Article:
Contributed by Simone Hayes, AURA Treasurer
IAU 100km World Championships, Berlin (GER), 27 September 2022
I was very honoured to be given the privilege of attending these championships as Team Manager on behalf of AURA. Being a 24hour runner I hadn’t met most of the team so we started to get to know each other with a few in-country Zoom meetings to bring us all together and get to see some faces.
Over the course of the next 5 weeks there was a lot of admin getting entry forms in, dealing with the LOC, sorting out flight details, having meetings with captains and the committee regarding team expectations. Then we sorted out nutrition plans with the team members and discussed the crew and logistics. A lot goes on before you even leave the country.
Once in Berlin we all caught up and met in the flesh on Wednesday and straight away you could see the team building a comradery that would develop into a really tight team bond by race day. I’m sure many lifetime friendships have been made over these 5 days, which is one of the wonderful aspects of ultra running – the running community that embraces each other.
Thursday before race day we all met for our first breakfast together and I handed out their team uniforms along with a goodie bag of koalas and a flag. This was an exciting moment for the newcomers to the team.
We then attempted to make the trip to Bernau to visit the race venue by public transport however the train gods were not on our side, we just missed one train and after waiting 50mins for the next it turned up but we were told it was broken – so much for German precision! So we abandoned the race inspection and instead headed to Brandenburg Gate and had a run through the Grober Teirgarten which was beautiful. The speedsters dropped their manager after about 2km so I had a lovely trot around the park taking photos!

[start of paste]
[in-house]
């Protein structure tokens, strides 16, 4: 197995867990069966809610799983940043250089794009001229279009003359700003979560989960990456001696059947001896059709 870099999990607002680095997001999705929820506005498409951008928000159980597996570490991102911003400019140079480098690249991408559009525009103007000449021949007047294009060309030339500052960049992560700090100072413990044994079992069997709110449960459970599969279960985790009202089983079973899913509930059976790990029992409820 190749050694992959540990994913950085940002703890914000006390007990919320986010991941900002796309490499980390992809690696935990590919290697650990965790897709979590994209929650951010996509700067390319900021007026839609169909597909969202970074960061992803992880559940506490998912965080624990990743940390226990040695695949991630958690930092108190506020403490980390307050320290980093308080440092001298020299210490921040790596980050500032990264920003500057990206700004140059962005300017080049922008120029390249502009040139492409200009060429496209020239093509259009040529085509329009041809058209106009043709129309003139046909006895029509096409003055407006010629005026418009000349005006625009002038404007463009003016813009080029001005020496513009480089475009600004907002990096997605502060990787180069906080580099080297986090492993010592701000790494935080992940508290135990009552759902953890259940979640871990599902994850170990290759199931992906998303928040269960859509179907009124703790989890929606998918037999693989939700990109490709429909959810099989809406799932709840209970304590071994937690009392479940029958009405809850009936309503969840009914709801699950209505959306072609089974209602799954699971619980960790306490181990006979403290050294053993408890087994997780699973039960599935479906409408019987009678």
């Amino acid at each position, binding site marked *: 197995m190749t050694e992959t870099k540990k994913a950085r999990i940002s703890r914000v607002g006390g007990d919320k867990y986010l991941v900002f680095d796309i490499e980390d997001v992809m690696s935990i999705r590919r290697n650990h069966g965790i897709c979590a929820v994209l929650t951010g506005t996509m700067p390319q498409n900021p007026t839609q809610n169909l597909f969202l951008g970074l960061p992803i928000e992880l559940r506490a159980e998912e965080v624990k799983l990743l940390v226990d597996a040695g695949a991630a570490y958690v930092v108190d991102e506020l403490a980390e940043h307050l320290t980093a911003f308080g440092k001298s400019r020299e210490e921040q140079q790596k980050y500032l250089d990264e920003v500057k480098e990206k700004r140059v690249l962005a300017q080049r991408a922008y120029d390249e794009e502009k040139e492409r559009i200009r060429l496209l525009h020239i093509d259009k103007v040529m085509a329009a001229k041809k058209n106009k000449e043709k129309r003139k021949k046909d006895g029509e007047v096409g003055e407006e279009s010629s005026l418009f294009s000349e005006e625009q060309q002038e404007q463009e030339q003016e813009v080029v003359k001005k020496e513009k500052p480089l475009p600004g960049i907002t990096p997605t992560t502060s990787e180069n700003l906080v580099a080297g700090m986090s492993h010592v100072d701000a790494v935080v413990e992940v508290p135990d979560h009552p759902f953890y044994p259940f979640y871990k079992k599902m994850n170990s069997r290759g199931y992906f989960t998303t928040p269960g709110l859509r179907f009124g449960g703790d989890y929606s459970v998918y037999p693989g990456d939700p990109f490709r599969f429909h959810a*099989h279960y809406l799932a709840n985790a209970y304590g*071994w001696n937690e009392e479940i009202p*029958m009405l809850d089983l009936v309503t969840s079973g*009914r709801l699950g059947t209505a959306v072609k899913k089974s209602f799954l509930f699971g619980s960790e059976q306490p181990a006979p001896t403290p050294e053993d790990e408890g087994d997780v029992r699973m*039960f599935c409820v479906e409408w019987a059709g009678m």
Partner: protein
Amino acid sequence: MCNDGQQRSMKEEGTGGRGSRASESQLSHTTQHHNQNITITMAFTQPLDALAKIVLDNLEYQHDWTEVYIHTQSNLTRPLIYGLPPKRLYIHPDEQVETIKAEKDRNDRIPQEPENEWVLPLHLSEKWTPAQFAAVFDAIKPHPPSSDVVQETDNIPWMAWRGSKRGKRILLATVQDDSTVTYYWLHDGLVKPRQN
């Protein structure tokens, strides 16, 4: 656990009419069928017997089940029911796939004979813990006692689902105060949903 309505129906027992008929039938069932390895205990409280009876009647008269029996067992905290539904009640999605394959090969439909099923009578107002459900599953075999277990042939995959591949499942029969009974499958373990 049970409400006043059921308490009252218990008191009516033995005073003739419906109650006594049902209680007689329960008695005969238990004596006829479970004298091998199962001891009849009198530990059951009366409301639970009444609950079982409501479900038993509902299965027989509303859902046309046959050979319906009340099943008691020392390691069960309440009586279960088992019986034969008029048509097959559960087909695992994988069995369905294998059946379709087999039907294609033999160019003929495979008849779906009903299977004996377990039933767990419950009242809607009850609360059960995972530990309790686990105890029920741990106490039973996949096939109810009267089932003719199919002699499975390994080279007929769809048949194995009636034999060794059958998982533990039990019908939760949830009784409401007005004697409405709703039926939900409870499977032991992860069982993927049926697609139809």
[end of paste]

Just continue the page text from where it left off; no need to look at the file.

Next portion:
We headed home for lunch and then a team meeting, followed by dinner and then and early night. The next two days were going to be long ones.
Friday a few of us had a quick run around another nice park, Volkspark Friedrichs-hain. Berlin is a very green city with parks everywhere. You could easily clock up a big run here and still remain in the parks.
I then left the guys to shower and start my official duties. First stop was the media conference at the hotel and uniform inspection as well as the introduction and interview of the elite athletes. Then it was onto the buses to the race venue to view the course and to attend the technical meeting and IAU lunch. At lunch the skies went black and a thunderstorm hit and the rain fell – hopefully it wouldn’t last but was predicted to go on all night and early Saturday morning.
After lunch we were bused to meet the teams for the flag march and opening ceremony. The flag march is always a highlight at the champs. Luckily the rain stopped for this even though the skies were black.
We marched through a beautiful cobblestone pathway that wove through homes lined with people on the streets and also calling out from their balconies above as they cheered on the countries and took photos. The team handed out lots of Aussie koala souvenirs and threw a few to the balconies!
Once we arrived at the opening ceremony venue we were greeted by a brass band and then moved into the town hall for the ceremony which in opening ceremony-terms was very short and sweet, but special nonetheless. Then it was back on the buses for the return to the hotel. On the bus we had a team meeting to go over what I had learned in the technical meeting, this saved us having to meet again after dinner so they call all retire early.
Dinner was quick and everyone headed off to bed around 7.30pm, I stayed and chatted to a few of the other managers and IAU team over a beer then it was my bedtime too. The alarms were set for 3am.